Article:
The genre is more nuanced than it’s sometimes made out to be, and this script, in particular, has a lot of depth. In a previous interview, you said it was really the script that drew you to this story. Why?
Guerra: When I first read the script, I remember just emailing my reps and telling them I need to be part of this. I saw that it was also written by or co-written by a Latina, which is rare. I'm not sure if I had also seen that our director was Latino. So that in itself is just super rare in Hollywood. And then the script reminded me of one of my favorite horror films, "Get Out." So I was like, this is like the Mexican "Get Out." I need to be part of this. I resonate with Diana. And I completely agree as far as the nuances that exist in horror, and it's such a great medium to make content that wouldn't be digestible for audiences to stomach. And that's exactly what this project does because I don't think this type of material could have been done if it wasn't under the umbrella of horror, because the realities of it are terrifying for sure.
This is a movie that's very much steeped in the Mexican American experience. And I guess that's a big part of why you felt that you could connect with Diana, the character you play in this film. But at the same time, we're talking about a mother.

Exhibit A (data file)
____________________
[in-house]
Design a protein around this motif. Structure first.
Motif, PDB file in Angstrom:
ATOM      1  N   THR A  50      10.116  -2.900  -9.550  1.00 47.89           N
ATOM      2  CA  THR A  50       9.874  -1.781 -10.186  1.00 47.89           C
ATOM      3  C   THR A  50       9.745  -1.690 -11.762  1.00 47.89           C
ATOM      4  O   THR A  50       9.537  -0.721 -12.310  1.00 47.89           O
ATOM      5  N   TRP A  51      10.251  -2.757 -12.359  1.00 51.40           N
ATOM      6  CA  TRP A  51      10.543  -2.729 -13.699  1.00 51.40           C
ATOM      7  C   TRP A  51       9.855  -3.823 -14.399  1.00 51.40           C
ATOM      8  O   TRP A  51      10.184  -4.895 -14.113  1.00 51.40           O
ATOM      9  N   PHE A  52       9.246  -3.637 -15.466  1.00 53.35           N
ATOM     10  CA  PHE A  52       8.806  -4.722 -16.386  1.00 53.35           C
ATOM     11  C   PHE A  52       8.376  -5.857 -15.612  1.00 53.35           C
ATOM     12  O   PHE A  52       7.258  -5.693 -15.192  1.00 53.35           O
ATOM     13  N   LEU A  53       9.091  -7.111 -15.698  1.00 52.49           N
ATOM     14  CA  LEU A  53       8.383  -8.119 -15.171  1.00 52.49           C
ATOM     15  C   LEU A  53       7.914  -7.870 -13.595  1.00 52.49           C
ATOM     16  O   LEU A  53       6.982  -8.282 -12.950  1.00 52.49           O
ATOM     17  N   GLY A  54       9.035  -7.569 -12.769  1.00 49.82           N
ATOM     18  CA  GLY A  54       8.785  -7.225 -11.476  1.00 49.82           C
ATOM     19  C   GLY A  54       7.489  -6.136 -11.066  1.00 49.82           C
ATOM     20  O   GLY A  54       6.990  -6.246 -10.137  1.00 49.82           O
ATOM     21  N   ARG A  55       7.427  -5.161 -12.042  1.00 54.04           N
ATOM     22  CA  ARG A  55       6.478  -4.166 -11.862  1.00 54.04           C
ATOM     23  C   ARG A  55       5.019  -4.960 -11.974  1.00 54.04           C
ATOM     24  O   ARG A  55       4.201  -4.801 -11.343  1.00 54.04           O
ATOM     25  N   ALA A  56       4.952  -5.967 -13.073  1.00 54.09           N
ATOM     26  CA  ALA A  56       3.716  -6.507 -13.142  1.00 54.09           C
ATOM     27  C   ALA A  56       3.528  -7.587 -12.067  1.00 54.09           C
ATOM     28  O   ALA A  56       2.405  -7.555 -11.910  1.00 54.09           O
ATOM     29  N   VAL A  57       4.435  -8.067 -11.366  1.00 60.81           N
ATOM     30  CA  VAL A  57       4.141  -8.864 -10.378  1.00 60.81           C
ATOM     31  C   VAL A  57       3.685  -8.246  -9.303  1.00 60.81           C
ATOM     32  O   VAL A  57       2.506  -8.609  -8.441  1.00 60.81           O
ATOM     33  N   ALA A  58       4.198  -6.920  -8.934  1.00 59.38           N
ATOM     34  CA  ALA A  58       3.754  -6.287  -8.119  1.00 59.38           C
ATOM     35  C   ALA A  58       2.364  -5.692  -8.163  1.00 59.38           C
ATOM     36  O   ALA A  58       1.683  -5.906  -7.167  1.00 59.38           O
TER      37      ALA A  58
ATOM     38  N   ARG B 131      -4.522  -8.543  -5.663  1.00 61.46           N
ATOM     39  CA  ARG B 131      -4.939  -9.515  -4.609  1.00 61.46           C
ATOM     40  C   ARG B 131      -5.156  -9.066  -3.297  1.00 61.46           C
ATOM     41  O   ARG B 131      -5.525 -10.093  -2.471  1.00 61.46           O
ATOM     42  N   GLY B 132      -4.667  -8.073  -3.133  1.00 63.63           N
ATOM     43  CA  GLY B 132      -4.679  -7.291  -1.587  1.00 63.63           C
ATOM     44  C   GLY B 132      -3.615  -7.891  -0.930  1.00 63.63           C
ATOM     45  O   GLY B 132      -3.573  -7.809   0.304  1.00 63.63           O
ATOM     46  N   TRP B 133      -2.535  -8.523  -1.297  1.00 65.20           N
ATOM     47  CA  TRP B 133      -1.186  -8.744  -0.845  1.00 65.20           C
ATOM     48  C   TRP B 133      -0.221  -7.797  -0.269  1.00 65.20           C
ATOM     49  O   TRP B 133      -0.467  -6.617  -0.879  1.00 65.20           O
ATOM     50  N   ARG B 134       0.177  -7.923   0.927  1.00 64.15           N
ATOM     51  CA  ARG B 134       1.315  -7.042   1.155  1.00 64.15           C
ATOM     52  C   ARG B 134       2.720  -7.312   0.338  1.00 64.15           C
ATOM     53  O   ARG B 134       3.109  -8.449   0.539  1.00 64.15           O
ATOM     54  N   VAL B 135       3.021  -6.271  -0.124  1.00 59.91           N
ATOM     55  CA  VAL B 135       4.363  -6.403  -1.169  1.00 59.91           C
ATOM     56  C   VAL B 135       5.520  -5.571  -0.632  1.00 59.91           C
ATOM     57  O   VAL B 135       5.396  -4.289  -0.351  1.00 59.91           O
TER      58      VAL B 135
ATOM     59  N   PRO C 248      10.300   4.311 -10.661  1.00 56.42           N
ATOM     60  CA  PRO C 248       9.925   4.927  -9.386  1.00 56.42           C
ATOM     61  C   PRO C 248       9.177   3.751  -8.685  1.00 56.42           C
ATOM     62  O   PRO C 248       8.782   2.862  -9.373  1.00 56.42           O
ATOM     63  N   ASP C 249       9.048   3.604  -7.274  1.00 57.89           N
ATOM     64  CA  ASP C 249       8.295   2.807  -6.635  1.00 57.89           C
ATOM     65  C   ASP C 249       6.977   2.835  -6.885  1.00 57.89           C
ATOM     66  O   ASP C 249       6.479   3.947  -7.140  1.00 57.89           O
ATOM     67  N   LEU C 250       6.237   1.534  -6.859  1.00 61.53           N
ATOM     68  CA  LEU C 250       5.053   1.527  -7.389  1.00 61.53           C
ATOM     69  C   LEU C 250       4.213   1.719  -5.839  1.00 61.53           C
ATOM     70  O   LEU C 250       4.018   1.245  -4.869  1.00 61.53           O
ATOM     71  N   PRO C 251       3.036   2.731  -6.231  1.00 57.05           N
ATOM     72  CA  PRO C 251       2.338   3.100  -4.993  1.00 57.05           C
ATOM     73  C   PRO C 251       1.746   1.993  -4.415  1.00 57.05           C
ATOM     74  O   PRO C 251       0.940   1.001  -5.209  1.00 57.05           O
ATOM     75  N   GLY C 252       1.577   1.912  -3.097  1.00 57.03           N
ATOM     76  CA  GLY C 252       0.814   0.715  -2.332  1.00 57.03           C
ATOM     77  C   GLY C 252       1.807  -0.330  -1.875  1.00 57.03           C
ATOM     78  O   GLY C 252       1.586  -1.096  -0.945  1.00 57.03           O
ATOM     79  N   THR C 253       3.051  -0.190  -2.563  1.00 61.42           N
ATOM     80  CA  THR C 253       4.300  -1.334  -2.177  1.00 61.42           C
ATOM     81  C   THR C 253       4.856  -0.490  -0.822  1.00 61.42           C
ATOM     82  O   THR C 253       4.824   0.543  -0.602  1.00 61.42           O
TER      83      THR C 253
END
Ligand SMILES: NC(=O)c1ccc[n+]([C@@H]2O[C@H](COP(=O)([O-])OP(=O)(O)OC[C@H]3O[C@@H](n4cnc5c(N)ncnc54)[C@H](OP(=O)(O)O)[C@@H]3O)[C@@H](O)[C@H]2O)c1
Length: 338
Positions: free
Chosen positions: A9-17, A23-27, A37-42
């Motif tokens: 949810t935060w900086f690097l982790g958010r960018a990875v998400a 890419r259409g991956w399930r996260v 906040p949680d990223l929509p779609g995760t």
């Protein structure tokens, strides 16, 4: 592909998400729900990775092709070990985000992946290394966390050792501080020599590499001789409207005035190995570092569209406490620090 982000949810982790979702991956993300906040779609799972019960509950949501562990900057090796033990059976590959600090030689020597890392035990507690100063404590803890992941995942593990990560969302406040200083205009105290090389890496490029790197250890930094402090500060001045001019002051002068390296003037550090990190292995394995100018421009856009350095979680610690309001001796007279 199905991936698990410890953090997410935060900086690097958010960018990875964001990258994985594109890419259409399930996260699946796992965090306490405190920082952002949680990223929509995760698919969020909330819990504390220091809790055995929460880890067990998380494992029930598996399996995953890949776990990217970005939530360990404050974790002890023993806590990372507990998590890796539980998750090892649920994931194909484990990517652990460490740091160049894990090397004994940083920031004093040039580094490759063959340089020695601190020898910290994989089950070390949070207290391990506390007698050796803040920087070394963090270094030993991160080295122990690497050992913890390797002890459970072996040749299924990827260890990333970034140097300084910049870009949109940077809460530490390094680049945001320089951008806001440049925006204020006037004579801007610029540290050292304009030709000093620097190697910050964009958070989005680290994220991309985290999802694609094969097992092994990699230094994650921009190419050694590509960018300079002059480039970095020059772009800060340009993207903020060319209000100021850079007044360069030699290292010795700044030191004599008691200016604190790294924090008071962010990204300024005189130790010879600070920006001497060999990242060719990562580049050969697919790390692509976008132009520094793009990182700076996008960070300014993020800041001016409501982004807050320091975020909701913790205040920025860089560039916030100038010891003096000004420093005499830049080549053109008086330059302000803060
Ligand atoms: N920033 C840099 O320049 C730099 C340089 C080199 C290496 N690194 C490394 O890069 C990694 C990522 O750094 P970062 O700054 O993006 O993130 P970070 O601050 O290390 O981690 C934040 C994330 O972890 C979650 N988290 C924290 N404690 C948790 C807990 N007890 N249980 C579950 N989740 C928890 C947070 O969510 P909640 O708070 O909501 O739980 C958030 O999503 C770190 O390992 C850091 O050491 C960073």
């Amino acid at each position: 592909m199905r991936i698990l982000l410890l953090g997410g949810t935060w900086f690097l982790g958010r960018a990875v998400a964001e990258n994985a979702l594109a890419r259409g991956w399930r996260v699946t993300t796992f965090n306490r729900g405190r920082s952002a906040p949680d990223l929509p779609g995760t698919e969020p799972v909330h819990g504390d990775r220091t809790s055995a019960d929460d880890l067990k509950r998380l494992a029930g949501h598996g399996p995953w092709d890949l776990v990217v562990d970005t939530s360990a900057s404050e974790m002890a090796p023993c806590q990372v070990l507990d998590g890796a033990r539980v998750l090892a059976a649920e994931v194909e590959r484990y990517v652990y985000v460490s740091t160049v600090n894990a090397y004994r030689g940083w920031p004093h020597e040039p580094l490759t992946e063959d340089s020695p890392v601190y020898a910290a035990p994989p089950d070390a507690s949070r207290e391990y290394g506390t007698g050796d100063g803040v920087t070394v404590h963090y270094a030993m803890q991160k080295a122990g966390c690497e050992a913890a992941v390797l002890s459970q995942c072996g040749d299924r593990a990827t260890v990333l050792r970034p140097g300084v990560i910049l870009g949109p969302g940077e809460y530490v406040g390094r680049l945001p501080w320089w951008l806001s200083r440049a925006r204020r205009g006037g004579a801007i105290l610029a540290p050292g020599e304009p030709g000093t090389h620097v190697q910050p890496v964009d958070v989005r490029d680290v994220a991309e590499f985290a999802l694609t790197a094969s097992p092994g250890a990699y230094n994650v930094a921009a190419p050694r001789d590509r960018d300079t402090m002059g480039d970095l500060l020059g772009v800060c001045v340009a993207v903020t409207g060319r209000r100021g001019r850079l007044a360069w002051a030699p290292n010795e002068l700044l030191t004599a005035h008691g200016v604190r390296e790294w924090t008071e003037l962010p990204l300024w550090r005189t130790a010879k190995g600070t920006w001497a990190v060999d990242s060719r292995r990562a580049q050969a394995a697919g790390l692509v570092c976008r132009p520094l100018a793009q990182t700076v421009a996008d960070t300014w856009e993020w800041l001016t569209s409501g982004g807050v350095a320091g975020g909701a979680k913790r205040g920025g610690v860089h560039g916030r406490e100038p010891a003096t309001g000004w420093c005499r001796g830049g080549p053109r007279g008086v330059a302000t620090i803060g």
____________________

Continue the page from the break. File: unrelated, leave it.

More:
Guerra: I do not have kids of my own. But I remember when I was preparing for this project, that was one of the biggest things that I wanted to make sure I told truthfully because when I spoke to my friends, when I was doing research, there's there's just kind of this throughline that every decision you make once you become a parent, it's for your child. And I think Diana's character is no different, especially as a first-time mother.
So that was a huge component of wanting to make sure that I was part of it and telling it truthfully. But to be honest, what resonated so much with Diana wasn't so much the motherhood; it was how deeply ingrained this Mexican American experience was, and it wasn't like a very superficial kind of like, let's check off the quota for a story of Latino culture. It had this novel discussion that I don't think is really talked about, and I'm so excited for the stories that are to come because of a project like this, where you have the discussion of identity within the Latino community because it is so diverse. Just like any other community, we aren't just one hat fits all. And you see that with Diana and the comparison with her husband, Beto, who is Mexican. And that sort of range that you have really does kind of illustrate that we're so similar in many ways, but also our experiences are very different.